- Topics At a Glance
**Derivative as a Limit of Slopes****Slope of a Line Between Two Points**- Slope of a Line Between Two Points on a Function
- Slope at One Point?
- Estimating Derivatives Given the Formula
- Estimating Derivatives from Tables
- Finding Derivatives Using Formulas
- Derivatives as an Instantaneous Rate of Change
- Average Rate of Change
- Instantaneous Rate of Change
- Units, Words, and Notation
- Tangent Lines
- How Tangent Lines Look
- When Tangent Lines Don't Exist
- Tangent Lines and Derivatives
- Tangent Line Approximation
- Finding Tangent Lines
- Using Tangent Lines to Approximate Function Values
- Differentiability and Continuity
- The Derivative Function
- Graphs of
*f*(*x*) and*f*' (*x*) - Theorems
- Rolle's Theorem
- The Mean Value Theorem
- In the Real World
- I Like Abstract Stuff; Why Should I Care?
- How to Solve a Math Problem
- Appendix: Speed v. Velocity

The slope of a line between two given points is equal to

where "rise" and "run" mean the same things they did when we first learned about the slopes of lines.

Consider the line drawn here:

We have

{rise} = ({ending *y*-value}) - ({starting *y*-value}) = 8 - 4 = 4

and

{run} = ({ending *x*-value}) - ({starting *x*-value}) = 5 - 3 = 2.

This means the slope of the line is

When we calculate the slope this way, we're assuming that we start at the point (3, 4) and travel to the point (5, 8). If the equation of the line is given by the function *f*, we think of our starting point as (*a*, *f*(*a*)) and our ending point as (*b*, *f*(*b*)):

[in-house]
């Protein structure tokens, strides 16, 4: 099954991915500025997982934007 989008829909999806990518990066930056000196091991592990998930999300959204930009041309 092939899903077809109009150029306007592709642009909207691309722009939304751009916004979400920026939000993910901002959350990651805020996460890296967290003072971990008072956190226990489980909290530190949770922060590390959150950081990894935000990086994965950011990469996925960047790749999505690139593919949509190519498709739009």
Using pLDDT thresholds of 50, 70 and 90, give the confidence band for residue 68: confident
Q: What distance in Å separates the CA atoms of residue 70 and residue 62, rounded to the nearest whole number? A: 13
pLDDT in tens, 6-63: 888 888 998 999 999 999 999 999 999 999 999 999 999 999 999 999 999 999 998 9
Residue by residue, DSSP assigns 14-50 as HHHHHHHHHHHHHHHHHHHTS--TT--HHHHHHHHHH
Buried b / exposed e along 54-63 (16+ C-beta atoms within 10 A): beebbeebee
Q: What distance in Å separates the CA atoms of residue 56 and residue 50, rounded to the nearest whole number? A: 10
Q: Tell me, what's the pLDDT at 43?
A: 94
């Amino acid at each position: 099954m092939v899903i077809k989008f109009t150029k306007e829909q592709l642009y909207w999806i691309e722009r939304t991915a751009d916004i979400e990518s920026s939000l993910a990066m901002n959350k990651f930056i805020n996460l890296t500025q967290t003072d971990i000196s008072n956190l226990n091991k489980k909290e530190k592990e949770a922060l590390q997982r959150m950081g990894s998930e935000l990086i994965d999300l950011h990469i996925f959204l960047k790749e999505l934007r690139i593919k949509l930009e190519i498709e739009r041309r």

However, if we want to be contrary, we can instead start at the point (5, 8) and travel to the point (3, 4):

Now our starting point is (a, *f*(*a*)) = (5, 8) and our ending point is (*b*, *f*(*b*)) = (3, 4). We find

{rise} = ({ending *y*-value}) - ({starting *y*-value}) = 4 - 8 = -4

and

{run} = ({ending *x*-value}) - ({starting *x*-value}) = 3 - 5 = -2.

This means the slope of the line is

When we switched our starting and ending points in the example we changed the signs of both the rise and the run. These two sign changes canceled each other out, we got the same value of slope either way. The moral of the story is that when we're asked to find the slope of the line between two points, it doesn't matter which point we think of as the "start."

If we have two numbers *a* and *b* and a line *f*(*x*), we can say that "run" is the distance from *a* to *b* and "rise" is the distance from *f*(*a*) to *f*(*b*). This produces the formulas

{run} = *b* - *a*

{rise} = *f*(*b*) - *f*(*a*).

This will work regardless of which point is to the left.

Example 1

Find the slope of the line between the points (3, 15) and (5, 30). |

Exercise 1

In the picture, find the slope of the line between the two given points.

Exercise 2

In the picture, find the slope of the line between the two given points.

Exercise 3

In the picture, find the slope of the line between the two given points.

Exercise 4

Find the slope of the line between the two points (4, 7) and (6, 14).

Exercise 5

Find the slope of the line between the two points (5, 8) and (-1, -2).

Exercise 6

Find the slope of the line between the two points (-2, -3) and (-7, -1).